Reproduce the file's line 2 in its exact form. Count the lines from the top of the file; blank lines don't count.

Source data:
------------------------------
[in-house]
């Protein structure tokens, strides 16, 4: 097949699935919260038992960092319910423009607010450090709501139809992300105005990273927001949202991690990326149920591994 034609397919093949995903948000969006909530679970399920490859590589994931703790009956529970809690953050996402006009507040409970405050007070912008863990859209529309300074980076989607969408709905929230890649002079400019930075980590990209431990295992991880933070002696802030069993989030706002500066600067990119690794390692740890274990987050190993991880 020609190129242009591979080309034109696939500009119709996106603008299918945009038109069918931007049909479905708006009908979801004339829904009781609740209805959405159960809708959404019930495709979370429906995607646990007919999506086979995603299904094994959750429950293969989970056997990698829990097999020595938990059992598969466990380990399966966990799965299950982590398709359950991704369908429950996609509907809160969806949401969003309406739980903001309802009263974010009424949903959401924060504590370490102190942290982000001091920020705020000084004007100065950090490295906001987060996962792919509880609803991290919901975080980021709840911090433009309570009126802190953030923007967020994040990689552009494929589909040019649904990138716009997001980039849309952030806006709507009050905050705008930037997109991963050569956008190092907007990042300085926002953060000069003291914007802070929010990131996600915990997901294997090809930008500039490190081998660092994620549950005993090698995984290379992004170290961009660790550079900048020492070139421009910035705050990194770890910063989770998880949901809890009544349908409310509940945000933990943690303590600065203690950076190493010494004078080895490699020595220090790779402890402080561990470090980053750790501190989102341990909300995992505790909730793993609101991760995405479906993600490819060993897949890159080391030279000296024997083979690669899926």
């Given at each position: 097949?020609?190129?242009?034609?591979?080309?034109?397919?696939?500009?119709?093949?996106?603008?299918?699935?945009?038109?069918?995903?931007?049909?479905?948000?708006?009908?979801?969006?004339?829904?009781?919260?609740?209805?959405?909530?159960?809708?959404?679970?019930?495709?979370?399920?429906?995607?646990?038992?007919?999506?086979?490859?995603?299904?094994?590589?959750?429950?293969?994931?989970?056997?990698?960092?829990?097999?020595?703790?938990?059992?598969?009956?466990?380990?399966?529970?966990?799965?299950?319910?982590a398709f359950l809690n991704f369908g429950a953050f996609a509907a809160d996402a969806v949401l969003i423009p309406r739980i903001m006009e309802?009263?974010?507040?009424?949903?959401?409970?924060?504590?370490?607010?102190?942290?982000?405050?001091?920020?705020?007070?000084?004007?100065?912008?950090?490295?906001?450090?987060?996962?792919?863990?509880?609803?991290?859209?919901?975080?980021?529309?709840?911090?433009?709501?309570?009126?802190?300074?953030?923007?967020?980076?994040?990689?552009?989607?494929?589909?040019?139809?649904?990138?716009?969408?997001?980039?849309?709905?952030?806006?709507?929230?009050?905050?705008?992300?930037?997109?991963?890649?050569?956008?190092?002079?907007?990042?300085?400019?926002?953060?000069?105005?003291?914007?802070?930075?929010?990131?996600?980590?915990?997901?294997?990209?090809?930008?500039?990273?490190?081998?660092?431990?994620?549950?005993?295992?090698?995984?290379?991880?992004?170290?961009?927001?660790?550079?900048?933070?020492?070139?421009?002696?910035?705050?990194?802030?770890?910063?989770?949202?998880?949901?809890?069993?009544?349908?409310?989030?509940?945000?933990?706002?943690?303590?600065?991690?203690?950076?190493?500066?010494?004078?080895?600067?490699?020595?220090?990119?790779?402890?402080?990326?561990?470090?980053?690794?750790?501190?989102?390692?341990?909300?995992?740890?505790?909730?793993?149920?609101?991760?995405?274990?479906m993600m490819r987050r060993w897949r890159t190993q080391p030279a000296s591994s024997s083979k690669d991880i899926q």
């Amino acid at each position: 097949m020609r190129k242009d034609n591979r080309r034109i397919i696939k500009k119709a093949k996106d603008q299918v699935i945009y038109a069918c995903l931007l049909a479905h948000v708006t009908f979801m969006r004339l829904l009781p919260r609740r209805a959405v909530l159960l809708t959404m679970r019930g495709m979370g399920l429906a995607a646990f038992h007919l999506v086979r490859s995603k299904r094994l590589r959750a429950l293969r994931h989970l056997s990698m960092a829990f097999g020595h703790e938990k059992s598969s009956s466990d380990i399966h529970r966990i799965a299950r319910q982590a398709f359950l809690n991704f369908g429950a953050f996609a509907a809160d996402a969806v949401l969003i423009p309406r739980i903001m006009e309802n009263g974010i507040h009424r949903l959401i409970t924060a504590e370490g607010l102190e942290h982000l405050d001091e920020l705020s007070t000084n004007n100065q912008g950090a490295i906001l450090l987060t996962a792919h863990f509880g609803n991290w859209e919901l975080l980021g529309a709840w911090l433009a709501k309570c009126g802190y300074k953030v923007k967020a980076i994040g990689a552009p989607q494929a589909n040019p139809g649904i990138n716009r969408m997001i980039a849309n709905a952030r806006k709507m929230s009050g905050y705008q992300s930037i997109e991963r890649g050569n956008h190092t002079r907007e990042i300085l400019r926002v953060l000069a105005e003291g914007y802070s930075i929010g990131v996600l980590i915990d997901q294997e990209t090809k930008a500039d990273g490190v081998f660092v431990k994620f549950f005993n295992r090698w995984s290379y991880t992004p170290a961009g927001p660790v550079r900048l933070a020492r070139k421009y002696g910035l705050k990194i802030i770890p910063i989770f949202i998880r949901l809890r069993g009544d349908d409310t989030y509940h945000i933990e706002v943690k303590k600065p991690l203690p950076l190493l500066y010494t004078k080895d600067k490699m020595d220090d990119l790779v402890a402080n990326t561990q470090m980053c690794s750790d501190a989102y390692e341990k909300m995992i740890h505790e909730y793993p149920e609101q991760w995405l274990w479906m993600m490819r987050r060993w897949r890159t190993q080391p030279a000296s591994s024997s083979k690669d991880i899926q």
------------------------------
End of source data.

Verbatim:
């Protein structure tokens, strides 16, 4: 097949699935919260038992960092319910423009607010450090709501139809992300105005990273927001949202991690990326149920591994 034609397919093949995903948000969006909530679970399920490859590589994931703790009956529970809690953050996402006009507040409970405050007070912008863990859209529309300074980076989607969408709905929230890649002079400019930075980590990209431990295992991880933070002696802030069993989030706002500066600067990119690794390692740890274990987050190993991880 020609190129242009591979080309034109696939500009119709996106603008299918945009038109069918931007049909479905708006009908979801004339829904009781609740209805959405159960809708959404019930495709979370429906995607646990007919999506086979995603299904094994959750429950293969989970056997990698829990097999020595938990059992598969466990380990399966966990799965299950982590398709359950991704369908429950996609509907809160969806949401969003309406739980903001309802009263974010009424949903959401924060504590370490102190942290982000001091920020705020000084004007100065950090490295906001987060996962792919509880609803991290919901975080980021709840911090433009309570009126802190953030923007967020994040990689552009494929589909040019649904990138716009997001980039849309952030806006709507009050905050705008930037997109991963050569956008190092907007990042300085926002953060000069003291914007802070929010990131996600915990997901294997090809930008500039490190081998660092994620549950005993090698995984290379992004170290961009660790550079900048020492070139421009910035705050990194770890910063989770998880949901809890009544349908409310509940945000933990943690303590600065203690950076190493010494004078080895490699020595220090790779402890402080561990470090980053750790501190989102341990909300995992505790909730793993609101991760995405479906993600490819060993897949890159080391030279000296024997083979690669899926």